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Note that if the Government of Ireland fails to act promptly, then the people of Ireland, as well as those in other impacted countries, may complain to the UN under the Aarhus Convention, as explained below the News Release. In fact, members of the public do not have to wait, but can act now if they wish. Their rights have already been violated.
News Release from The Green Party, Ireland:
“Greens urge Government to insist on Hinkley consultation following UNESC ruling 9th May 2016
The Green Party today accused the United Nations Economic and Social Council of ‘pulling punches’, following their finding that Britain has breached the Espoo convention, but failure to deliver a recommendation.
UNESC found that Britain failed to notify neighbouring states and the general public of the threat of trans-boundary nuclear pollution from Hinkley Point C nuclear power station in the event of a major accident or to provide a consultation process for the public.
Commenting on the developments, Green Party Councillor and anti-nuclear campaigner Mark Dearey, said: “The recommendation that Britain now enter into discussion with neighbouring states to decide on ‘whether notification is useful at this stage’ is surprisingly weak as a definitive view would have been appropriate given the findings.
“This has the appearance a pulled punch from the UNESC.
“Nonetheless, Ireland now needs to take the opportunity to insist on a notification process so that we the public, can have our say on the potential threat posed by Hinkley.
“I am sure An Taisce are weighing up their options following their defeat in the UK courts on the same issue last year, but there can be no doubt that this ruling adds significantly to their case should they wish to re-enter it.” https://greenparty.ie/news/greens-urge-government-to-insist-on-hinkley-consultation-following-unesc-ruling “The Green Party (Irish: Comhaontas Glas) is a green party on Ireland that operates in both the Republic of Ireland and Northern Ireland.” https://en.wikipedia.org/wiki/Green_Party_(Ireland)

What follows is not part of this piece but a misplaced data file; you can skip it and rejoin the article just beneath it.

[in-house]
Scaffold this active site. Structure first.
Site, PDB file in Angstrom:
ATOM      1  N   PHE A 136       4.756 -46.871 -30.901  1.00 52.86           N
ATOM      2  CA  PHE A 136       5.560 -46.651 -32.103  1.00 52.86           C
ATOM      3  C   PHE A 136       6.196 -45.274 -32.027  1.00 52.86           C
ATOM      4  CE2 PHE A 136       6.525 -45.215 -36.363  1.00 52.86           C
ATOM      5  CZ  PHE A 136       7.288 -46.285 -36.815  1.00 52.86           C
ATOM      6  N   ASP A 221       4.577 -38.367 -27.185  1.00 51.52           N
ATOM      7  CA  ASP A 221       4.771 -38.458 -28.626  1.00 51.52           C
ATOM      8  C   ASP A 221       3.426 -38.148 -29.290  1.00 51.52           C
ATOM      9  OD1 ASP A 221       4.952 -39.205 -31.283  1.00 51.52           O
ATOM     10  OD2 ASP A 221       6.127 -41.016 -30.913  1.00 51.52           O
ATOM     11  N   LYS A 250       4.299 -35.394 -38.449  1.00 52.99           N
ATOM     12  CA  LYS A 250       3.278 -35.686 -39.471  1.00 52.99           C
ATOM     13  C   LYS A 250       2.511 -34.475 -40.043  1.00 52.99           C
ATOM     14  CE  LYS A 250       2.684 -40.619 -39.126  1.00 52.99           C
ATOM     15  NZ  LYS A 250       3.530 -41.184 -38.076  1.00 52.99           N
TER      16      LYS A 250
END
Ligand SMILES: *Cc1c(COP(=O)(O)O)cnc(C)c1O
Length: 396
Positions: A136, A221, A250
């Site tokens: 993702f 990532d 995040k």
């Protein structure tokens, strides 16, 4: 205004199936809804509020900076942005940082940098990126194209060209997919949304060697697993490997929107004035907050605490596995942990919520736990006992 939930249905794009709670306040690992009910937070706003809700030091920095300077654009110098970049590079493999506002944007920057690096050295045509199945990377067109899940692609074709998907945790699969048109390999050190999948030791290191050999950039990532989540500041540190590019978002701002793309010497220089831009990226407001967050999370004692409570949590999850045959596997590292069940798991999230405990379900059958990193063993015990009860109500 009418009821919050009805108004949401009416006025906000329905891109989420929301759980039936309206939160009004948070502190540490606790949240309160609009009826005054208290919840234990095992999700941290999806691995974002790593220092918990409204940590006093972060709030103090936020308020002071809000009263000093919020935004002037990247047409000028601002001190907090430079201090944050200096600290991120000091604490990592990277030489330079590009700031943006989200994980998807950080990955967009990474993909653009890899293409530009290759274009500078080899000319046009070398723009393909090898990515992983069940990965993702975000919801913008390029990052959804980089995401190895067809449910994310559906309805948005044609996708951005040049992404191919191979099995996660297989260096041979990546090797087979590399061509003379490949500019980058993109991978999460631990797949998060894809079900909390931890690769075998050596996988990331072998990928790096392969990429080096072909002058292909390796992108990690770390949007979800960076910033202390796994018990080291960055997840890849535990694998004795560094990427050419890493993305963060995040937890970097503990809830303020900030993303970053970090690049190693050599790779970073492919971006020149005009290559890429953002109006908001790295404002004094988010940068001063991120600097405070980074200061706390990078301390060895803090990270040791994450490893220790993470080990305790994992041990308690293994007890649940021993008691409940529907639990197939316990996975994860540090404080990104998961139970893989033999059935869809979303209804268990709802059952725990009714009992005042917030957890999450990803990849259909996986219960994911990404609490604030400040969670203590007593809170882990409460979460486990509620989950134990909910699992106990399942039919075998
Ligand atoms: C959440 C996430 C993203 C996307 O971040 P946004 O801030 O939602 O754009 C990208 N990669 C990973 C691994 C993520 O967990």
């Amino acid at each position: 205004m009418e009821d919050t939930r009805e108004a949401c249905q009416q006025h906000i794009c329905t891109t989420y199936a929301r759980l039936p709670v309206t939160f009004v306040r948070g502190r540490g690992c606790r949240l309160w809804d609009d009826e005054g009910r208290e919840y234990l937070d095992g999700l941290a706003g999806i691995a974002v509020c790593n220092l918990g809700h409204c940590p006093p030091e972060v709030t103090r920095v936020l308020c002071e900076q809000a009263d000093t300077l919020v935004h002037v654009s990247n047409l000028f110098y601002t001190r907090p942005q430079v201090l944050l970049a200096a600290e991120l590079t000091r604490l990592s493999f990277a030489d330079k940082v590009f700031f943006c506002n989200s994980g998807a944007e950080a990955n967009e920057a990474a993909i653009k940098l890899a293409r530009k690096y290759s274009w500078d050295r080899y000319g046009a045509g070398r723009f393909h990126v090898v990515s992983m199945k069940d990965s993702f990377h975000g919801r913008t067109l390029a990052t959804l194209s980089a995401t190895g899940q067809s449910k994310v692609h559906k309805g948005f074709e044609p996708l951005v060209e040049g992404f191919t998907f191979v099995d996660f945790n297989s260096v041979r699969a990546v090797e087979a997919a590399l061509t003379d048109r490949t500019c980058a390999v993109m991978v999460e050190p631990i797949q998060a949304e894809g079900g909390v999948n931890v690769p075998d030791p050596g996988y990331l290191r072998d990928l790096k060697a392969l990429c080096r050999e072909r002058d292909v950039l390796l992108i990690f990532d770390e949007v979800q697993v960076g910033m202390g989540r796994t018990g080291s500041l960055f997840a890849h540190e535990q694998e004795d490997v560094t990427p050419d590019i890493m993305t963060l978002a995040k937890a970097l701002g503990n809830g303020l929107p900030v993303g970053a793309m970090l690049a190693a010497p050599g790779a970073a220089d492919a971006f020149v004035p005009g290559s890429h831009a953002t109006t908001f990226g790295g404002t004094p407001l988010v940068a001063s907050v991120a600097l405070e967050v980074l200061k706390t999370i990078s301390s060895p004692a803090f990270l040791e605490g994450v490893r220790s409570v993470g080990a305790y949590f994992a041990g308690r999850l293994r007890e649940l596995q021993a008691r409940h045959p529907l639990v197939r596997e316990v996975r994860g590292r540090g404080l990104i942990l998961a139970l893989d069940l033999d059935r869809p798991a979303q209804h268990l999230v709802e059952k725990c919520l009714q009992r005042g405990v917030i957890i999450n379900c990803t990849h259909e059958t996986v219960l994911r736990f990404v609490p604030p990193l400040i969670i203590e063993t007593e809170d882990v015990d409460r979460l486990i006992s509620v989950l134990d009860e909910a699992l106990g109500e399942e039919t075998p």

There are many nuclear accident weather scenarios for Hinkley Point in which Ireland is hit with as much as 1,000,000 Bq/m2 of Cesium 137. For instance see December 17th, December 21st, November 27th and Sept. 6th in the model (based on weather in 1995): http://flexrisk.boku.ac.at/en/evaluation.phtml#form There are other scenarios, of course, where other countries are very badly hit. This is for one of the existing Hinkley Point nuclear reactors. The new ones would be over twice as powerful and therefore impacts would probably be greater.
Complaint needs to be made, as well, regarding the proposed Moorside Nuclear Power Station, further up the coast on the Irish Sea. See: https://mariannewildart.wordpress.com/2016/05/15/letter-to-the-united-nations-moorside-boreholes-no-consultation If you are in Northern Ireland or Britain or in much of Europe your right to environmental impact study, public consultation, is being actively ignored at Moorside, and you may complain to the UN under the Aarhus Convention.
Locations of proposed nuclear power stations exported from Wikipedia: https://en.wikipedia.org/wiki/Hinkley_Point_C_nuclear_power_station https://en.wikipedia.org/wiki/Moorside_Nuclear_Power_Station
While Espoo deals with the need for states to notify other states, who then should notify their populations, concerned public can complain directly under Aarhus on the need for environmental impact study-public consultation:
From a 22 page Presentation “Transboundary Access to Justice – Some Austrian experience“, by Thomas ALGE OEKOBUERO Justice and Environment 15. Oct 2010, Berlin: “Espoo Convention and EU-directive 2003/35/EC request agreement of other state for consultations (Art 7 par 2 EIA-directive)
– But Aarhus Convention not: it refers to the public concerned/and principle of non discrimination…
Article 2 par 5 Aarhus Convention 5. “The public concerned” means the public affected or likely to be affected by, or having an interest in, (…)” including NGOs in any case